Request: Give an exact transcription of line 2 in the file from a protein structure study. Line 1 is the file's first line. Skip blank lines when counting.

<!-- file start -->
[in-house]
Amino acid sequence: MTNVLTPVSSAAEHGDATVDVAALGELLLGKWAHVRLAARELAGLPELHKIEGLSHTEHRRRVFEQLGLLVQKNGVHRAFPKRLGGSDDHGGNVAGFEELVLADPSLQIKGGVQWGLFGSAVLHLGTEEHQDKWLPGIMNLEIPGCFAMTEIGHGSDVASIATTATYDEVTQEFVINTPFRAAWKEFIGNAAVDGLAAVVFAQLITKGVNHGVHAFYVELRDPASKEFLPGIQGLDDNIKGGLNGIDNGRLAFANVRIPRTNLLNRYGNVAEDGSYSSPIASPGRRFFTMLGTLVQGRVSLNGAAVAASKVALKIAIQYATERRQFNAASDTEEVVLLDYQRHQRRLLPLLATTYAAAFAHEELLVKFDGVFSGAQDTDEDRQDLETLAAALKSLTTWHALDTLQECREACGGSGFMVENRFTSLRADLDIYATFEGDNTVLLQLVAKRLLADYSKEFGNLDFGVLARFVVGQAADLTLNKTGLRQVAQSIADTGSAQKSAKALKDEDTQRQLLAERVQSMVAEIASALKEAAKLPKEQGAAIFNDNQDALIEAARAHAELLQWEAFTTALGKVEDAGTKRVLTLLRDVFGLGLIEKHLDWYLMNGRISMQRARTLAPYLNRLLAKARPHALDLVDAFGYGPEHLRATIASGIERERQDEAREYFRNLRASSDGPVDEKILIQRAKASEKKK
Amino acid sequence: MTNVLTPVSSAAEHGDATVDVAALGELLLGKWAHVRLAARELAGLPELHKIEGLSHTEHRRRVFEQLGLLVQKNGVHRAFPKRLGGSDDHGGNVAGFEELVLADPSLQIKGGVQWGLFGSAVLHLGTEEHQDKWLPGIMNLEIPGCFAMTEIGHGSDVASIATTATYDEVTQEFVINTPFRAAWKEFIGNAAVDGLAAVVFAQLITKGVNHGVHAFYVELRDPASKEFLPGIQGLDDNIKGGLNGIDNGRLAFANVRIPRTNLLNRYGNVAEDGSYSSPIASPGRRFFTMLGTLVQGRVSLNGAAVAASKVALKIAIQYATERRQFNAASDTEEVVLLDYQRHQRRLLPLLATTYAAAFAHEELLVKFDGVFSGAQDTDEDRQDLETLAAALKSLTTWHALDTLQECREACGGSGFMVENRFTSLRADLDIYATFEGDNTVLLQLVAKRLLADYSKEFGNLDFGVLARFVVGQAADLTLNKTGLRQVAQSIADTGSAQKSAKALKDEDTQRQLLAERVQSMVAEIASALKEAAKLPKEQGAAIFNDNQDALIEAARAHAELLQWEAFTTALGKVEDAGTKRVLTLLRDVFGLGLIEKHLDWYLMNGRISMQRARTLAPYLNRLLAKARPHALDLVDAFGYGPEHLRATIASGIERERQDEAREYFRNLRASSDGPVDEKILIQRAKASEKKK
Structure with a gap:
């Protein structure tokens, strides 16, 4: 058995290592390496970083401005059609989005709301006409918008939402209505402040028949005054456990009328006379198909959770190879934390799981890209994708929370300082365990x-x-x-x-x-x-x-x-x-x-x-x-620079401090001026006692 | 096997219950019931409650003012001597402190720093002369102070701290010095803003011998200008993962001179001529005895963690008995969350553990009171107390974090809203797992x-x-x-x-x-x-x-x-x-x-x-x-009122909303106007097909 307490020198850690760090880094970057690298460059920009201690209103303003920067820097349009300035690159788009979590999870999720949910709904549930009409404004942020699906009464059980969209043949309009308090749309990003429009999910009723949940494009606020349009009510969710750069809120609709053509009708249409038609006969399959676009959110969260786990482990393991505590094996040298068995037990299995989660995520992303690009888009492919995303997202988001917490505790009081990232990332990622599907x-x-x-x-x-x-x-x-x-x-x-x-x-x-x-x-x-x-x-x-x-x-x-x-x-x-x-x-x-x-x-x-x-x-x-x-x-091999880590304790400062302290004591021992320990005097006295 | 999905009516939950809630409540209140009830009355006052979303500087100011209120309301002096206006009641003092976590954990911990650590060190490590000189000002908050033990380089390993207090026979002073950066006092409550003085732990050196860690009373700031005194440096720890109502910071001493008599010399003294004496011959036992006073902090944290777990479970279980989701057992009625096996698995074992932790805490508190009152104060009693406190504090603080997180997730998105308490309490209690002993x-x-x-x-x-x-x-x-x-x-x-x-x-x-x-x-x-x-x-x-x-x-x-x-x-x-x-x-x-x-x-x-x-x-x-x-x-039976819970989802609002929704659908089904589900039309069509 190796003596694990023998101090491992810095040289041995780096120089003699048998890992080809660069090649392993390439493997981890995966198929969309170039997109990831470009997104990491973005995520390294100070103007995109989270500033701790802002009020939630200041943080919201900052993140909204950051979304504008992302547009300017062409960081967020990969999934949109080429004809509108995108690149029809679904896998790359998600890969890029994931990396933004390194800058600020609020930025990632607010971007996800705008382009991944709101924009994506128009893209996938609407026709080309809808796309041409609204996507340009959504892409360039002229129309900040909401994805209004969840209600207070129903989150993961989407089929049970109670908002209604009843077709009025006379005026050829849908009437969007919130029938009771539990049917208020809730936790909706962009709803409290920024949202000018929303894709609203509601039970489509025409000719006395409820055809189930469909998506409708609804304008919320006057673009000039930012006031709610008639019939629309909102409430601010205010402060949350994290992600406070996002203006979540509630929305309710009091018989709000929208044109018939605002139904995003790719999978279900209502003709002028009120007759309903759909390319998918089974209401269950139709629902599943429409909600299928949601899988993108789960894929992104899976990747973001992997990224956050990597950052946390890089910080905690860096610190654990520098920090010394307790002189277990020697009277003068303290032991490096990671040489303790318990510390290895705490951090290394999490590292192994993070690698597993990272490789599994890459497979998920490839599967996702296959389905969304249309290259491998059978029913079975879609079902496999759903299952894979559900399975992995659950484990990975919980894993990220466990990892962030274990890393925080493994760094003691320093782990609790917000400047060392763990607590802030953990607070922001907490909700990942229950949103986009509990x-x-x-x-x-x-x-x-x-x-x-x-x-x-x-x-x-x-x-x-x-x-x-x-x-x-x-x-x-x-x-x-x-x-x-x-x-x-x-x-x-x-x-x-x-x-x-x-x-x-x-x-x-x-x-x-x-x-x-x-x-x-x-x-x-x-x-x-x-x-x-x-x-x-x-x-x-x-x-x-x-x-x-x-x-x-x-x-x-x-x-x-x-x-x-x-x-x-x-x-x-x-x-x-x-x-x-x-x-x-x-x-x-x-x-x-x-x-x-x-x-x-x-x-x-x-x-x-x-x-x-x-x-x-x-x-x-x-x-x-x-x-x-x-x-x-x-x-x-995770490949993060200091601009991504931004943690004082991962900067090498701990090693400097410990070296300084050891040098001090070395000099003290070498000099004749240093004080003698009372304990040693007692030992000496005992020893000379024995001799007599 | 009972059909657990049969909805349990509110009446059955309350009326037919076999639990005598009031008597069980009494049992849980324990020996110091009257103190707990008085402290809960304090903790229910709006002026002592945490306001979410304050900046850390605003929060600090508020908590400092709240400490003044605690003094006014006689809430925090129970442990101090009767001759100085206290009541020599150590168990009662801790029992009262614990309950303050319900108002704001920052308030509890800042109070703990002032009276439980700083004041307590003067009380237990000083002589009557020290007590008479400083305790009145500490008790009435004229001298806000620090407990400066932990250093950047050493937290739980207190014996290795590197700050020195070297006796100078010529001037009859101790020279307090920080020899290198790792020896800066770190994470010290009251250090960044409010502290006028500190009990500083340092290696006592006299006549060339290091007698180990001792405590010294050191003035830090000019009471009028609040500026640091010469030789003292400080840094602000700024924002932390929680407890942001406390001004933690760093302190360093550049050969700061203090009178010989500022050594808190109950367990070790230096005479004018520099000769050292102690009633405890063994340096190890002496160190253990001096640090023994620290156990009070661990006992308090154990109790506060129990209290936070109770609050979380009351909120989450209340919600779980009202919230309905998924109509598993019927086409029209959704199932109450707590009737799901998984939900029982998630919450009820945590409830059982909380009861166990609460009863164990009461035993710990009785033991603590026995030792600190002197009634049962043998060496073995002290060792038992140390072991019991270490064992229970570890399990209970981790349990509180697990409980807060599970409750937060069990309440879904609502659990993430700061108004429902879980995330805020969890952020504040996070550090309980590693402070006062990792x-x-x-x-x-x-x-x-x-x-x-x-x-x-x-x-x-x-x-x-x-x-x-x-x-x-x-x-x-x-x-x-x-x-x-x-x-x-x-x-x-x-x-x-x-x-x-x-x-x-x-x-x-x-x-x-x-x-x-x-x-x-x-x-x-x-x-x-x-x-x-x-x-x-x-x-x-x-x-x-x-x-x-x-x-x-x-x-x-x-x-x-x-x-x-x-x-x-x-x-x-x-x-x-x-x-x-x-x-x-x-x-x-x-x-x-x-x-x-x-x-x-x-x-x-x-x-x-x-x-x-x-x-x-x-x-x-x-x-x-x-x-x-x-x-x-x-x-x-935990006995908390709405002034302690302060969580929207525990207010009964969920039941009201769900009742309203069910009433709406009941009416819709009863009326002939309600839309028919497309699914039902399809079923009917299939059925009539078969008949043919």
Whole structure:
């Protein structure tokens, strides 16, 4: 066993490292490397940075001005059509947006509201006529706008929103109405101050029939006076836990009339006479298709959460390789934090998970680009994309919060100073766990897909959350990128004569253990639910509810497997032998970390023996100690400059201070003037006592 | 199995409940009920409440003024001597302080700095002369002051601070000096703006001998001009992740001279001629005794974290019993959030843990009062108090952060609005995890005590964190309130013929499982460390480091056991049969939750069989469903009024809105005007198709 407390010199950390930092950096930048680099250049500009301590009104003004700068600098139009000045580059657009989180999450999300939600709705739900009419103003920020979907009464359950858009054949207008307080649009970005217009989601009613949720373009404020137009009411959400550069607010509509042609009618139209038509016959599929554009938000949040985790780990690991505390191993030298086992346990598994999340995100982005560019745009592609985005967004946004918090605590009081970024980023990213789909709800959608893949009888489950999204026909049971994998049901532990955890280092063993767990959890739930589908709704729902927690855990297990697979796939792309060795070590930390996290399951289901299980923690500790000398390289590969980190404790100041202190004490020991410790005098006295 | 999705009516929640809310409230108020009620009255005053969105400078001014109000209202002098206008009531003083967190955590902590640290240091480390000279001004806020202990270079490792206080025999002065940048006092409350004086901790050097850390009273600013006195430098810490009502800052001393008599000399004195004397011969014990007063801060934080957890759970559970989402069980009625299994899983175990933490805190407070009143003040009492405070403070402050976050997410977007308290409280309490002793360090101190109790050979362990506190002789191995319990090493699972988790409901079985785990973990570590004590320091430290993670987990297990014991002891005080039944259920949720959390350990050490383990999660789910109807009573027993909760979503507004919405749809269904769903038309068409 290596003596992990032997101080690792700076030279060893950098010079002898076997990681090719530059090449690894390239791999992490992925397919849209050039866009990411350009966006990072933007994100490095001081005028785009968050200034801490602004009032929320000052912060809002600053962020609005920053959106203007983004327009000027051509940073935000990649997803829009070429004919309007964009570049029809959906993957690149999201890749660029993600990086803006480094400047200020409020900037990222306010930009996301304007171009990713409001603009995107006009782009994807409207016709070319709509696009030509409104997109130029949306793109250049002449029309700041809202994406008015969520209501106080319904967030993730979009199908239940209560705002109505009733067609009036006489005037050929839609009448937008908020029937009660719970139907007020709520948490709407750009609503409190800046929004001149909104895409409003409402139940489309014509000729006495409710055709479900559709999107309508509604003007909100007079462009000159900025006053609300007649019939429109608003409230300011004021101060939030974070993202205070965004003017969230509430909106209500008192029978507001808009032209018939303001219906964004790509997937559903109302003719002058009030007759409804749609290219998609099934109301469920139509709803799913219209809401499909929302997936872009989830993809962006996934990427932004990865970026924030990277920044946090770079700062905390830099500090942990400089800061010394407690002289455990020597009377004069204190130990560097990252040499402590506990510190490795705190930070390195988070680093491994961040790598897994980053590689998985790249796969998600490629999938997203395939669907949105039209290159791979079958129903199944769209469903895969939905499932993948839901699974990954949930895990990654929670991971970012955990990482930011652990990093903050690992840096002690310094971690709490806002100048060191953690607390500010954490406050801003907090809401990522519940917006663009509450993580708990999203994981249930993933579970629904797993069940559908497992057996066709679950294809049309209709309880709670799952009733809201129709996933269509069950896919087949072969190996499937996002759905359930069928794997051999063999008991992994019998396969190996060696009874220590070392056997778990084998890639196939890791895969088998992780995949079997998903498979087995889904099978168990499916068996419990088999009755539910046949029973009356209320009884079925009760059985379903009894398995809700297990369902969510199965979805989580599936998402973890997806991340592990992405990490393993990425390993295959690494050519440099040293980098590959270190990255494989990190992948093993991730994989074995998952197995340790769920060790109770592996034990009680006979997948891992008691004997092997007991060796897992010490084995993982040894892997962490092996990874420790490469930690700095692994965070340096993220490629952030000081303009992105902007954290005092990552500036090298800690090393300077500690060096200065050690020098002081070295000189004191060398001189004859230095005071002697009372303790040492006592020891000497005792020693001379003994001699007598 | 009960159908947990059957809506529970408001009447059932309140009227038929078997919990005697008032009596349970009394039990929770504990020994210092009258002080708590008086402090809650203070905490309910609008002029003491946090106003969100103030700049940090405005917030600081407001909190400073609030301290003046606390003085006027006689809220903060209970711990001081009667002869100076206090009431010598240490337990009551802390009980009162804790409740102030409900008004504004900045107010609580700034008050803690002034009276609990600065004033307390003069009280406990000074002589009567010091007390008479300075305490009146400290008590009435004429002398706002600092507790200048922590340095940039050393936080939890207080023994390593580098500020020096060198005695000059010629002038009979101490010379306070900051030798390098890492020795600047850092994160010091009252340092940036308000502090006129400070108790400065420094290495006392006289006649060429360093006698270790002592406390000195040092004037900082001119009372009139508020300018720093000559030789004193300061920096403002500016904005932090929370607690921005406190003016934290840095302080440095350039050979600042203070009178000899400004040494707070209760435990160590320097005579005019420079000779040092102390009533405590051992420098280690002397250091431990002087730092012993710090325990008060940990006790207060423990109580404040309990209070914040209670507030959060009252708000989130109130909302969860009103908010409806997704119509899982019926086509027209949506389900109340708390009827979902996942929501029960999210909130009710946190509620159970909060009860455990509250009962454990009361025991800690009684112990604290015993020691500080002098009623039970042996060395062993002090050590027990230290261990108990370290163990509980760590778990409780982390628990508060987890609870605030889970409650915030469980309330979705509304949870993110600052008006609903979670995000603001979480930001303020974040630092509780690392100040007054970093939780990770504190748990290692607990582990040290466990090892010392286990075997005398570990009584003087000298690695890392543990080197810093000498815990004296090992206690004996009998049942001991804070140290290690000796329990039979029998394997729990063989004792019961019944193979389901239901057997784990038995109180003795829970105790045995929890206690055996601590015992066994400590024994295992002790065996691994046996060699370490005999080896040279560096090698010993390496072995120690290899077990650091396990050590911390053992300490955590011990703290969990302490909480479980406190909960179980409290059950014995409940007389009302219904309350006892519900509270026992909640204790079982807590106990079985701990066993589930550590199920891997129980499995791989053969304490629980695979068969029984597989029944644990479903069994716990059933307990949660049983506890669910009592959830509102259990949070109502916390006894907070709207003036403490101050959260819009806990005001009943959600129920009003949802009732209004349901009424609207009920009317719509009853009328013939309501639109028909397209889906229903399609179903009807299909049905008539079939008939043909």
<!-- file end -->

Amino acid sequence: MTNVLTPVSSAAEHGDATVDVAALGELLLGKWAHVRLAARELAGLPELHKIEGLSHTEHRRRVFEQLGLLVQKNGVHRAFPKRLGGSDDHGGNVAGFEELVLADPSLQIKGGVQWGLFGSAVLHLGTEEHQDKWLPGIMNLEIPGCFAMTEIGHGSDVASIATTATYDEVTQEFVINTPFRAAWKEFIGNAAVDGLAAVVFAQLITKGVNHGVHAFYVELRDPASKEFLPGIQGLDDNIKGGLNGIDNGRLAFANVRIPRTNLLNRYGNVAEDGSYSSPIASPGRRFFTMLGTLVQGRVSLNGAAVAASKVALKIAIQYATERRQFNAASDTEEVVLLDYQRHQRRLLPLLATTYAAAFAHEELLVKFDGVFSGAQDTDEDRQDLETLAAALKSLTTWHALDTLQECREACGGSGFMVENRFTSLRADLDIYATFEGDNTVLLQLVAKRLLADYSKEFGNLDFGVLARFVVGQAADLTLNKTGLRQVAQSIADTGSAQKSAKALKDEDTQRQLLAERVQSMVAEIASALKEAAKLPKEQGAAIFNDNQDALIEAARAHAELLQWEAFTTALGKVEDAGTKRVLTLLRDVFGLGLIEKHLDWYLMNGRISMQRARTLAPYLNRLLAKARPHALDLVDAFGYGPEHLRATIASGIERERQDEAREYFRNLRASSDGPVDEKILIQRAKASEKKK